provenience: Computations that automatically track data dependencies

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Change log None available
Dependencies aeson (>= && <=, base (>=4.7 && <5), blaze-markup (>= && <=, containers (>= && <=, data-default (>=0.5.3 && <0.8), fgl (>= && <=, mtl (>=2.2.1 && <=2.2.2), pandoc (>=1.16 && <=2.7.3), text (>= && <=, time (>= && <= [details]
License GPL-3.0-only
Copyright (c) 2020-2021 Lackmann Phymetric GmbH
Author Olaf Klinke
Category Algorithm Visualization
Home page
Uploaded by olf at 2020-02-04T14:39:10Z


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Haskell is a great language for data processing. You load some data in the IO monad, parse it, funnel the data through various functions and write the result back to disk or display it via a web server.

The programmer has the let and where patterns at hand which can be used to sub-structure a single function, e.g.

workflow x y = let
   a = f x
   b = g a y
   in h a b

To the environment program, however, the values of the intermediate steps a and b are invisible and the reader does not know you used the auxiliary functions f, g and h, although they might be important when an outsider tries to check the correctness of the result of the workflow function. This is where the Provenience monad comes in.

How it works

The Provenience monad is an ordinary state monad transformer. The state is a data flow graph, which we call the variable store. Nodes are Pandoc renderings of so-called variables. A variable is simply a pair of an ordinary Haskell value together with its node in the graph. A computation in the Provenience monad performs any number of the following five actions.

The fifth action is the only action that adds edges to the data dependency graph. Suppose we have registered a variable f holding a value of type a -> b and a variable x holding a value of type a. The description of f should explain to the reader what the function that is the value of f does. The monadic action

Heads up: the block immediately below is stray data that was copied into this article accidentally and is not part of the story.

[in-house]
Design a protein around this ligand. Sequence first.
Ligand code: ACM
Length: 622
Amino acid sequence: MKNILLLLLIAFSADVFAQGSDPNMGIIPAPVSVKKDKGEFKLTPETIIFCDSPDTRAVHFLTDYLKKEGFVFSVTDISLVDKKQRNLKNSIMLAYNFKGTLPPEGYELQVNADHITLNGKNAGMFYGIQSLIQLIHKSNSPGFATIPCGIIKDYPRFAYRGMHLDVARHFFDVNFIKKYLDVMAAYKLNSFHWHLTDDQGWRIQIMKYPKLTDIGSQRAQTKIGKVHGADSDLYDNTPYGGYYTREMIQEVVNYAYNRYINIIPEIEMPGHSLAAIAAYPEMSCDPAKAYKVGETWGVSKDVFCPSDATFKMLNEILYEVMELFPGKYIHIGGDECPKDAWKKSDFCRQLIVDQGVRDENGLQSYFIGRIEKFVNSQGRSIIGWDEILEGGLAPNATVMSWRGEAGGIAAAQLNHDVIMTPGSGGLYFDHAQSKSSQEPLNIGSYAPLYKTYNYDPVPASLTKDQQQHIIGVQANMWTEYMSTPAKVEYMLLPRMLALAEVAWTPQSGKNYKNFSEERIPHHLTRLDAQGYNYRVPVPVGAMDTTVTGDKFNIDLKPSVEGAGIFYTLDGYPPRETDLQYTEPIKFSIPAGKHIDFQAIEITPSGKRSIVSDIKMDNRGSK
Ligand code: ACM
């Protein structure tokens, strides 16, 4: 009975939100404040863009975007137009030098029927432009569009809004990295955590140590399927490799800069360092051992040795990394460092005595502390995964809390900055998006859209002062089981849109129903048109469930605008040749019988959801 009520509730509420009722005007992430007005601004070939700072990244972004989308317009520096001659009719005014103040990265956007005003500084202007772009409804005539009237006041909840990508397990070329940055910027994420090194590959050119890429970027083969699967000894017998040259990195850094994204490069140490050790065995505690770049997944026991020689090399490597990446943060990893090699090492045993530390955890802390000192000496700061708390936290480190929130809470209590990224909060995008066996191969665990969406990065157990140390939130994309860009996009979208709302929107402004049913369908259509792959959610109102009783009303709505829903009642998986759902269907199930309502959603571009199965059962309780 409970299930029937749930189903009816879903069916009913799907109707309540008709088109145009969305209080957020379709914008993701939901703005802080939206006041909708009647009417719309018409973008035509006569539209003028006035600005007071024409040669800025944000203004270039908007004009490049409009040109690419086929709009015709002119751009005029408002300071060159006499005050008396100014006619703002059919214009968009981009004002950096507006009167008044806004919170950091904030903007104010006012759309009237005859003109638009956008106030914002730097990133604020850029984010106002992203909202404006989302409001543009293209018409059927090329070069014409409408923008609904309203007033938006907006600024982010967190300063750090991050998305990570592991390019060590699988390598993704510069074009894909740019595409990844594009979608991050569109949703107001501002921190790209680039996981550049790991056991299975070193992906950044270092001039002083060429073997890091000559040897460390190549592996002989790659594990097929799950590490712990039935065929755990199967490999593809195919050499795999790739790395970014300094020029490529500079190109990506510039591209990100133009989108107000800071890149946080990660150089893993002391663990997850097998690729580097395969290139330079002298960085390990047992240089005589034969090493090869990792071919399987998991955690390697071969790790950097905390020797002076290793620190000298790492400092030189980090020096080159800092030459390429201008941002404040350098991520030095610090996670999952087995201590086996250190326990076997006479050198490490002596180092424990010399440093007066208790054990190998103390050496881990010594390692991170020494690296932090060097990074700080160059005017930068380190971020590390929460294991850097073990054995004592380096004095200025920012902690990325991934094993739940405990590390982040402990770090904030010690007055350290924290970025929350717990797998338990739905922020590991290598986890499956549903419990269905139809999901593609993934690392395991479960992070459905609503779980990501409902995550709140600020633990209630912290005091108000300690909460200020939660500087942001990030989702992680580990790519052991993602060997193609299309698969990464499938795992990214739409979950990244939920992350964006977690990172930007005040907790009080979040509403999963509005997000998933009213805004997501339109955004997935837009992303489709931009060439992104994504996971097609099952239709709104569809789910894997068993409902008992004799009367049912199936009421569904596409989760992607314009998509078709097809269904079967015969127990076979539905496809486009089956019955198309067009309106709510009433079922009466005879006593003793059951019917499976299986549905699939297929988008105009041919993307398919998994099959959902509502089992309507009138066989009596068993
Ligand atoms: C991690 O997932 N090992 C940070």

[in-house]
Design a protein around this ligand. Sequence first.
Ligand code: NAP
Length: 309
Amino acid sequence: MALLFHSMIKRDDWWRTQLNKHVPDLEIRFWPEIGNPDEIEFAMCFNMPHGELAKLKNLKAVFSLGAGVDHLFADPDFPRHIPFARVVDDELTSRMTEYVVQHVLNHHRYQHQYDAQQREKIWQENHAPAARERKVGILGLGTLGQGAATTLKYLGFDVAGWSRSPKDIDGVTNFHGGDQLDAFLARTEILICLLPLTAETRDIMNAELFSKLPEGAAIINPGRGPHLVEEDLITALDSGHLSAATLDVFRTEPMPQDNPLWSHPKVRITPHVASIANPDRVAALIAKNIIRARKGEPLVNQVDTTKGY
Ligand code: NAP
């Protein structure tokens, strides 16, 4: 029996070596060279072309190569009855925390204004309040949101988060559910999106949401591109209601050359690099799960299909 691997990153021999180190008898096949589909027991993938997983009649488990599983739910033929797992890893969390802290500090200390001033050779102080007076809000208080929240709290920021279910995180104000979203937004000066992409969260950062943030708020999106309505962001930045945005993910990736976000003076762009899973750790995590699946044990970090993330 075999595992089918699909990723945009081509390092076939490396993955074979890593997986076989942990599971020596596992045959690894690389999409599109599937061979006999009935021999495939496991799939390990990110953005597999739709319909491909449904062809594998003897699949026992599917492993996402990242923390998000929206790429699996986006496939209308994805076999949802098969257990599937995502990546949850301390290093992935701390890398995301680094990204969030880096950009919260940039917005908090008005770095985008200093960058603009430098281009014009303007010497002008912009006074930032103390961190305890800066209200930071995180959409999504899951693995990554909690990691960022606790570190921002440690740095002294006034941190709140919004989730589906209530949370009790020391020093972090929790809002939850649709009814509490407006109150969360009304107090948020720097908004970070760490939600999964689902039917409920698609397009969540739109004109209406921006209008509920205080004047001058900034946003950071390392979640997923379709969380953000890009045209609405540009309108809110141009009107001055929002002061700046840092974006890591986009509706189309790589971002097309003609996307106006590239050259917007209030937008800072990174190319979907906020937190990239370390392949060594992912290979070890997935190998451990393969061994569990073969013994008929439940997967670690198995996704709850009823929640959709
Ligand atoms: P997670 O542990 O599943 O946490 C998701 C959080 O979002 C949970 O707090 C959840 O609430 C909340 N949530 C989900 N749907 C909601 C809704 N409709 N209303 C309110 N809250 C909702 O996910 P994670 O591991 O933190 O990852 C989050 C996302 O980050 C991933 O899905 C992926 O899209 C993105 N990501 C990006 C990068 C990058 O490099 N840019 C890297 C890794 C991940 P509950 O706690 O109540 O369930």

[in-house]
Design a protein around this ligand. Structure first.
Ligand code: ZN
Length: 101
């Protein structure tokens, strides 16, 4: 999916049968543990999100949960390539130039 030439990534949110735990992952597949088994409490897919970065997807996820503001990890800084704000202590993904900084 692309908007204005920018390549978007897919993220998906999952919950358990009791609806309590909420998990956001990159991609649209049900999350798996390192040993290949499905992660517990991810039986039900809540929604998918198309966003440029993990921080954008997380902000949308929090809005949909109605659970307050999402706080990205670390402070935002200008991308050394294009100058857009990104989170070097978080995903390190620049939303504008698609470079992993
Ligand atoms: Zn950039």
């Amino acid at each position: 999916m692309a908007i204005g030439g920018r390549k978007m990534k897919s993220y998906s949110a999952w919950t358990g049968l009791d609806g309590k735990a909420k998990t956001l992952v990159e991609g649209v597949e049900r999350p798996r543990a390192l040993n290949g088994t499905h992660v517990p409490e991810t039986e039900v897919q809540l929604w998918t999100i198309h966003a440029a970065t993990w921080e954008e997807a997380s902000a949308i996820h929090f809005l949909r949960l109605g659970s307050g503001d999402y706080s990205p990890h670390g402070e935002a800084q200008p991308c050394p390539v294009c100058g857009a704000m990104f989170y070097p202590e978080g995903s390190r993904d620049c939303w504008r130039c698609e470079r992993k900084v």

y <- pure f <%> x

does not register y as a new variable; instead y points to the same node in the variable store as f. However, the value of y is the application of the value of f to the value of x and there is now an edge from x to y in the data flow graph labelled with the description of f. If y is not itself a function but the desired result, you should overwrite the node's description (which is still the description of f) with a new description of the value of y.

Why this design choice? Because otherwise partial application is impossible. If <%> always registered new variables, then

f <%> a <%> b

would register both f(a) and f(a)(b) as variables, which might not be what the user intended. But overwriting f also means that we can not re-use the same function variable in several applications. When that is desired, use a Provenience action producing a variable instead of the variable itself. Consider the following.

let f = var succ
x <- input 4
y <- f <%> x
z <- f <%> y

Since the Haskell identifier f is bound to a Provenience action that registers a new variable holding the succ function, all three of x, y and z are distinct variables. The take-home message is that

f <- var succ
x <- input 4
y <- pure f <%> x

is a dangerous style because the value of f is not what the corresponding node in the graph is being used for anymore.

alternative Representation

The variable store also permits to save an alternative representation of each variable in addition to the Pandoc rendering, since you might want to provide a machine-readable data flow graph in addition to a Pandoc document. Similarly to the IHaskellDisplay class, each type used in a variable must have a type class instance that allows automatic conversion into the alternative representation. If you don't need this feature, simply choose () as the alternative representation type. The graph of alternative representations can be extracted from the variable store. We provide code to assemble the store into a spreadsheet (of static cells). Foldable structures of basic values become columns while doubly-nested structures become tables.


Continuing the example above, in the Provenience monad you would write something like the following. Of course it is up to the programmer to decide how fine-grained the decomposition into Provenience actions should be.

workflow x' y' = do
  ---------- register and render the input variables ------------------